Resident Evil: Welcome to Raccoon City's Easter eggs and Jill sandwich, explained

The movie adaptation leans heavily on the 25-year-old video game series that inspired it, so let's take a look at some major Easter eggs.

Sean Keane Former Senior Writer
Sean knows far too much about Marvel, DC and Star Wars, and poured this knowledge into recaps and explainers on CNET. He also worked on breaking news, with a passion for tech, video game and culture.
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Sean Keane
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Resident Evil: Welcome to Raccoon City Jill with sandwich

The Resident Evil movie doesn't clarify exactly what goes into a Jill sandwich.

Sony Pictures

Resident Evil: Welcome to Raccoon City feels like a love letter to the long-running game series, with a story that adapts the first two entries into a movie. Along with a post-credits cameo from a mysterious classic character, the movie also references elements from the games' 25-year history, as iconic heroes flee a city doomed by the Umbrella Corporation's horrific biological experiments.

Director Johannes Roberts has managed to stuff a massive amount of Easter eggs into this movie, so let's take a look at some of the more involved ones I remember spotting in my first viewing. Welcome to Raccoon City is in US and UK theaters now, with the Australia release scheduled for Dec. 8.

A sandwich's worth of SPOILERS lies below.

spoiler alert

A STARS sandwich

An early scene with STARS police unit Jill Valentine, Albert Wesker and Chris Redfield sees the trio hanging out in a diner before all hell breaks out in Raccoon City. Jill snatches Wesker's food and takes a bite.

"You snooze, you lose," she says. "It's Jill's sandwich now.  

This alludes to one of the most beloved lines in video gaming history. Early in the original 1996 game, Jill is almost crushed by a trap in which she's locked in a room and the ceiling starts to descend. She's rescued by her colleague Barry Burton (who's disappointingly absent in the movie), and he utters the iconic words.

"That was too close, you were almost a Jill sandwich," he says.

Words to live by. 

Classic boss monsters

Another one from Jill. She asks her fellow STARS members if they'd prefer to be "swallowed whole by a snake or eaten alive by a great white shark." This is a reference to two of the bosses encountered in the original Resident Evil and its 2002 remake.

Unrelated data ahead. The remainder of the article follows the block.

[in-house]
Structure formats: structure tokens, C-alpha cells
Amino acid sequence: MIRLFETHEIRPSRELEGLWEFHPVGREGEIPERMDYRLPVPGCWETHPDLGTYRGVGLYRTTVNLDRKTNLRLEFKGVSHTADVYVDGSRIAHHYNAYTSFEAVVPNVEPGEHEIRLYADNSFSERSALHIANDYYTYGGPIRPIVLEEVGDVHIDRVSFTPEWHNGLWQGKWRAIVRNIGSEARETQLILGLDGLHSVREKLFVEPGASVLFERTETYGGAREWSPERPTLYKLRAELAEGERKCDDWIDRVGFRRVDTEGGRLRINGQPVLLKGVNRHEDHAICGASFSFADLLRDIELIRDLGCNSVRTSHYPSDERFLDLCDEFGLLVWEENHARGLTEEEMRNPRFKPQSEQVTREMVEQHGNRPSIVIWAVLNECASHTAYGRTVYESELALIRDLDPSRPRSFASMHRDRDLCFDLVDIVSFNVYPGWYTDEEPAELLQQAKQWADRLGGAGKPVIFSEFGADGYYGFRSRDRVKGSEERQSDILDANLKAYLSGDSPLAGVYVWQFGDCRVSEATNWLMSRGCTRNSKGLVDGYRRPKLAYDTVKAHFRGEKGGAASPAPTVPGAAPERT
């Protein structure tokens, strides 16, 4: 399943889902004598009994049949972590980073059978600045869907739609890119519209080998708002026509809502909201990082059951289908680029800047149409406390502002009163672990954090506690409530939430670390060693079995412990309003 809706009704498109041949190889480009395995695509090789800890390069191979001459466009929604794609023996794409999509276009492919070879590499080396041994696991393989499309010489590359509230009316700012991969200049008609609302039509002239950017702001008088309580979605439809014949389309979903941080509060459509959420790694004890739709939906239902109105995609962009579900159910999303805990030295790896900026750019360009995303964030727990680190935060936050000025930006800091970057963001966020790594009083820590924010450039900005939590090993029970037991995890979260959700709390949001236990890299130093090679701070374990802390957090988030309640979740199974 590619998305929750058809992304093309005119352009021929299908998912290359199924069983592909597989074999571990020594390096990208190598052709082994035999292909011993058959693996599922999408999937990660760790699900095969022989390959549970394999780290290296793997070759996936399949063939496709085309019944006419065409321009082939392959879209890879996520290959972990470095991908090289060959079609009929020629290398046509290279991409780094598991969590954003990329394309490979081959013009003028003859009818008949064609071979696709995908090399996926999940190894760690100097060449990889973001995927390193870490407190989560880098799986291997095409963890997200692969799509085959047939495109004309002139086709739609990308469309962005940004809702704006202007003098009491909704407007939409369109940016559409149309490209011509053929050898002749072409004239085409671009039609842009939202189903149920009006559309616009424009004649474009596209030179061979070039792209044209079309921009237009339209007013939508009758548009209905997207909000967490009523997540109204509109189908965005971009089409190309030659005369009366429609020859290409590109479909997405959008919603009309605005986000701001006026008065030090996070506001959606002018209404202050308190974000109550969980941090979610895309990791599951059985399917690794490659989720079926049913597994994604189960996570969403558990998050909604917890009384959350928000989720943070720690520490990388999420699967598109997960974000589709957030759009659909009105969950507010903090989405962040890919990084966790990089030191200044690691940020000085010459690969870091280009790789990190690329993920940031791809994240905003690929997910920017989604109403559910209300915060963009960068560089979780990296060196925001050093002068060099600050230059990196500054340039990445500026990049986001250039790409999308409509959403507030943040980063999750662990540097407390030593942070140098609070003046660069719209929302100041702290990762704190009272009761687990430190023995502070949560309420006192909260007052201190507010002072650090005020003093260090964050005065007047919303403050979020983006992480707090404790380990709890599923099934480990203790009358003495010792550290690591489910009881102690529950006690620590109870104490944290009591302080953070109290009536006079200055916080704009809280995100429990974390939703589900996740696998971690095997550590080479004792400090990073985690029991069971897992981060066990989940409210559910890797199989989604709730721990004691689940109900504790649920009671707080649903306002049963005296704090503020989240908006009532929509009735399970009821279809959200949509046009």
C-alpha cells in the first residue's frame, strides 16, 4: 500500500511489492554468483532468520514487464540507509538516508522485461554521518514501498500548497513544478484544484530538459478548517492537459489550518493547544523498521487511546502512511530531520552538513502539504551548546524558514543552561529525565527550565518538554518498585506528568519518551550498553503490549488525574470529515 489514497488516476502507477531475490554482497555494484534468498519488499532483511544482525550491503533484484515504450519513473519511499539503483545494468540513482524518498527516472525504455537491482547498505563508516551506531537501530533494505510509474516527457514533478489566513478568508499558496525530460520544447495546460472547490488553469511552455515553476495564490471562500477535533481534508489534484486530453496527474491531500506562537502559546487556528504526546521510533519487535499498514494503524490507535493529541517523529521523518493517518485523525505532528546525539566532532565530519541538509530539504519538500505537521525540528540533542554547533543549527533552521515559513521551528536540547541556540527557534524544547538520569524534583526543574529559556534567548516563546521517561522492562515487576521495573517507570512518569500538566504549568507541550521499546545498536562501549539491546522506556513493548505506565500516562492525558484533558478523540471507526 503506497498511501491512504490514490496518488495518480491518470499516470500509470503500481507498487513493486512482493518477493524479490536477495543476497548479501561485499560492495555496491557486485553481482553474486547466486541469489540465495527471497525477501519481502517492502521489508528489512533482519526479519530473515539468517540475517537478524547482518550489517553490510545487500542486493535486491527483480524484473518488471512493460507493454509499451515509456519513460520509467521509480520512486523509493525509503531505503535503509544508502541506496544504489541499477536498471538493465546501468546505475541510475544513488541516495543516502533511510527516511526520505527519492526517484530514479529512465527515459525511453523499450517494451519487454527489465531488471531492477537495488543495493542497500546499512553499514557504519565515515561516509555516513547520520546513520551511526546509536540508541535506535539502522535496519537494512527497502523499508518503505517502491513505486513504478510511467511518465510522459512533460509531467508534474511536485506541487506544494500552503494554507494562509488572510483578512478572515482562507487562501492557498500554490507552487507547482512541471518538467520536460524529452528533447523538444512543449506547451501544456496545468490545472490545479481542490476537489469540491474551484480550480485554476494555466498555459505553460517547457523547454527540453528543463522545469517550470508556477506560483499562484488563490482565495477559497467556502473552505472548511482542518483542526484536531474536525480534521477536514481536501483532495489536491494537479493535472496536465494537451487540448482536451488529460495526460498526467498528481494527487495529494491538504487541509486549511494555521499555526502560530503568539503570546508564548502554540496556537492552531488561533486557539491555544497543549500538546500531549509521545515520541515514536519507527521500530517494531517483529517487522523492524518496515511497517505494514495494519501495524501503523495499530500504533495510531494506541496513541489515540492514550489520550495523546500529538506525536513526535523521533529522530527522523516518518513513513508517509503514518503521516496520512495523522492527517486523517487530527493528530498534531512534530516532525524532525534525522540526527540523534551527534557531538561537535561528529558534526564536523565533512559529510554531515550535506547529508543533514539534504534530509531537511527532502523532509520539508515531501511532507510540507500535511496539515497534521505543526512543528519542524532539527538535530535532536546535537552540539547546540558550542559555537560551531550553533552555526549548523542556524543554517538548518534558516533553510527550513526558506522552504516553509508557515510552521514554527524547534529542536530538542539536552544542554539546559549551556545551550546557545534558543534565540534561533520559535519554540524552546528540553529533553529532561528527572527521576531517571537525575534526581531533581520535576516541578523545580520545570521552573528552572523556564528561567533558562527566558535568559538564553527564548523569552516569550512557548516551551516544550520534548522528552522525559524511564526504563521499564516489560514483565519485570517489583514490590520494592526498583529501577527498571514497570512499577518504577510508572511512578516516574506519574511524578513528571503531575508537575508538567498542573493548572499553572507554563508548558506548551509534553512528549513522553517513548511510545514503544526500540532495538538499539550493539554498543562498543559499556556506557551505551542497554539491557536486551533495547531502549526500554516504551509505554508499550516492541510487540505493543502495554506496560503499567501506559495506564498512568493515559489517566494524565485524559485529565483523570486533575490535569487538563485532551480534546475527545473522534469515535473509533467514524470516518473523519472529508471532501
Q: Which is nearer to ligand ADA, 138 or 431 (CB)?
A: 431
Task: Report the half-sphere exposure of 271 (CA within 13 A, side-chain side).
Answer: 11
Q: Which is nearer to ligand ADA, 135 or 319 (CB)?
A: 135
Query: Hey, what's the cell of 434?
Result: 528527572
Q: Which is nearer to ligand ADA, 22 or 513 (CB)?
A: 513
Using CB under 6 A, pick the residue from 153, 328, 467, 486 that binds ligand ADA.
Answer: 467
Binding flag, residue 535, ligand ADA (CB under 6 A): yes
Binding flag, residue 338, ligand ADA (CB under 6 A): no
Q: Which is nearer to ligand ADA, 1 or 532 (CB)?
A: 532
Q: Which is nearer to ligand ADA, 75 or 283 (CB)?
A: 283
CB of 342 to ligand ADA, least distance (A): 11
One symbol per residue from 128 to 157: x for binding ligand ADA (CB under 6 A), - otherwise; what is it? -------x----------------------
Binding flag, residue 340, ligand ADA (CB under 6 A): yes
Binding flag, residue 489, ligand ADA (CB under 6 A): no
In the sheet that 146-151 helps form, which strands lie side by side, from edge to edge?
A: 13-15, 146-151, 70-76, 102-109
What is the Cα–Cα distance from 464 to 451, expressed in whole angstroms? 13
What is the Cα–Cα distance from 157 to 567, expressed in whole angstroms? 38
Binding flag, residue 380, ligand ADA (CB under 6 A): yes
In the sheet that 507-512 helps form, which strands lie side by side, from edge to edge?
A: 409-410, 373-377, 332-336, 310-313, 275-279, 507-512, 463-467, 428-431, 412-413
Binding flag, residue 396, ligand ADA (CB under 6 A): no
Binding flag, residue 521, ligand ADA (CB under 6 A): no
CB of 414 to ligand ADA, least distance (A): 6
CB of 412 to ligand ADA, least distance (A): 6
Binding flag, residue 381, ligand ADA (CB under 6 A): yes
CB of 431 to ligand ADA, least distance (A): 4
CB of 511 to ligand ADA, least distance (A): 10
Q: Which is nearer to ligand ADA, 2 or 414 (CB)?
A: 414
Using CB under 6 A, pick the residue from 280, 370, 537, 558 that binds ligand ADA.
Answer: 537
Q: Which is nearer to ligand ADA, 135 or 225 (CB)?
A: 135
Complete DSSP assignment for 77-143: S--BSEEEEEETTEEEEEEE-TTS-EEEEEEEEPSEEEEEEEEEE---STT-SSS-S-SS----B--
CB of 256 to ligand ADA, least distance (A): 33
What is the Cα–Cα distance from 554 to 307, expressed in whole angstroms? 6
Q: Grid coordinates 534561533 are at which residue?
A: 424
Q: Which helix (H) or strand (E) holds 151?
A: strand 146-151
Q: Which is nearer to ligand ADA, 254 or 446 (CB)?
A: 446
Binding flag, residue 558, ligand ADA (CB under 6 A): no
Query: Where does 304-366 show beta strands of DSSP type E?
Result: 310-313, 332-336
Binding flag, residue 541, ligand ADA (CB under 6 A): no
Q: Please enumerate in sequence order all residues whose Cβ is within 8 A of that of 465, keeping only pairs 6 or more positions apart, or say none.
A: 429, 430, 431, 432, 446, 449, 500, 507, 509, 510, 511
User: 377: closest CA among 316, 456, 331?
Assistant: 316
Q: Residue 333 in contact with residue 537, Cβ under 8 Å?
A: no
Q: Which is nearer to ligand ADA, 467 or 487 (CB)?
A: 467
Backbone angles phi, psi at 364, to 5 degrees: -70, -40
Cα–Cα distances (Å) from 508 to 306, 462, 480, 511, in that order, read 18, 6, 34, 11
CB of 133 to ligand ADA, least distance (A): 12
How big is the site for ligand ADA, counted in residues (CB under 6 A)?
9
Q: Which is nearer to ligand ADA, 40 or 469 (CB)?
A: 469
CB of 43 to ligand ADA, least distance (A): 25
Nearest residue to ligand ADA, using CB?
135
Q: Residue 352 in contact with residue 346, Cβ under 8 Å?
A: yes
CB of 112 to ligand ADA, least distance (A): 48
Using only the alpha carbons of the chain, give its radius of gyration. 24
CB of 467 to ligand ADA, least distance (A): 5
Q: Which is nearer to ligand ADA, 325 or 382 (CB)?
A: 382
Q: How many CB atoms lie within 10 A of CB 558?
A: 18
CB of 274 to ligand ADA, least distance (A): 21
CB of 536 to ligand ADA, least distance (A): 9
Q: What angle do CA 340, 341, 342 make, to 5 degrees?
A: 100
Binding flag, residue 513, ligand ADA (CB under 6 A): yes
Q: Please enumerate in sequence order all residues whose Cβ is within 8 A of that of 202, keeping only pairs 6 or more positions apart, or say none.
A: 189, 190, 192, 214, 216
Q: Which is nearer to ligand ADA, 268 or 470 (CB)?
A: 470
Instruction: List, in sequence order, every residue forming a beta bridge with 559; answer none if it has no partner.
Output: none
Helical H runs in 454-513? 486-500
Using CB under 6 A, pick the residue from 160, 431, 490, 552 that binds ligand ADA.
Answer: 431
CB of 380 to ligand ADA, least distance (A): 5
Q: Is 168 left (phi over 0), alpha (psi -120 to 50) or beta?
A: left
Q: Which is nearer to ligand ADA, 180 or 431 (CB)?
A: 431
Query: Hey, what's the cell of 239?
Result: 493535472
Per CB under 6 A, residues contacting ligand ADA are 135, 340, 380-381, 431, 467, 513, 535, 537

You run into the snake multiple times in the mansion, while the shark attacks in the basement of the mansion's dormitory area. In the remake, depending on which character you play as, STARS member Richard Aiken suffers the exact fates described by Jill.

Words of the undead

Shortly after Claire Redfield arrives in Raccoon City, she spots a family succumbing to the effects of Umbrella's gradual infection of the populace. Shortly before attacking Claire, the zombified mother writes "ITCHY TASTY" on the window in blood.

Resident Evil: Welcome to Raccoon City Itchy Tasty

This lady sure knows her classic Resident Evil references.

Sony Pictures

This is a reference to the chilling Keeper's Diary in the original game, in which a worker at the Umbrella-owned mansion recounts his final days after getting infected with the T-Virus. His mental state gradually deteriorates until he kills and eats one of his colleagues.

"4. Itchy. Tasty," the final entry reads.

Creepy twins

During her investigations of the orphanage's secret lab, Claire happens upon a projector that shows blond twin children pulling the wings off a dragonfly and gazing into each other's eyes. It's more than a little unsettling and appears to have little to do with the rest of the movie.

These children are Alexia and Alfred Ashford, and this projected movie is nearly identical to one seen in 2000's Resident Evil: Code Veronica. They're members of one of the families that co-founded Umbrella, and their story is one of the series' most complex. 

Alexia and Alfred were genetically engineered from the DNA of Veronica Ashford, the deceased family founder. Alexia turned out to be a super genius and infected herself with the T-Veronica virus, which would give her superpowers but only after going cryostasis for 15 years (giving her body time to adapt to the virus).

While Alexia was frozen, a grief-stricken Alfred led the family and became mentally unbalanced. He started dressing up as Alexia and speaking in her voice, allowing the twins to reunite in his mind. 

During the events of Code Veronica, Alfred is fatally wounded in a confrontation with Claire Redfield. Alexia wakes up just before his death. 

With her new virus-induced powers, Alexia battles Chris Redfield and ultimately mutates into a yucky dragonfly monster. Chris blows her up with an energy weapon, ending the Ashford line and making that 15-year cryostasis seem like a total waste of time.

Johannes Roberts apparently told SFX Magazine that he's interested in adapting elements from Code Veronica for a sequel.

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Rocket finisher

The G-Virus mutated William Birkin seems unstoppable when he attacks the train as our heroes escape the city. Their problem is solved when Leon happens to find a rocket launcher "in first class" and they blow Birkin away for the last time.

This alludes to the Resident Evil tradition of having you finish off its final bosses with a rocket to the face. It's possible the movie's first-class passengers had an emergency rocket launcher in case of an outbreak. (I accept that's a pretty thin rationalization, but this movie is clearly reveling in its own silliness.)

Wesker's resurrection

We have a separate article looking at STARS traitor Albert Wesker's revival, but the post-credits scene's opening shot of him sitting upright in the body bag. The premise, camera angle and lighting mirror the creepy scene that plays when you load up Resident Evil's 2002 remake.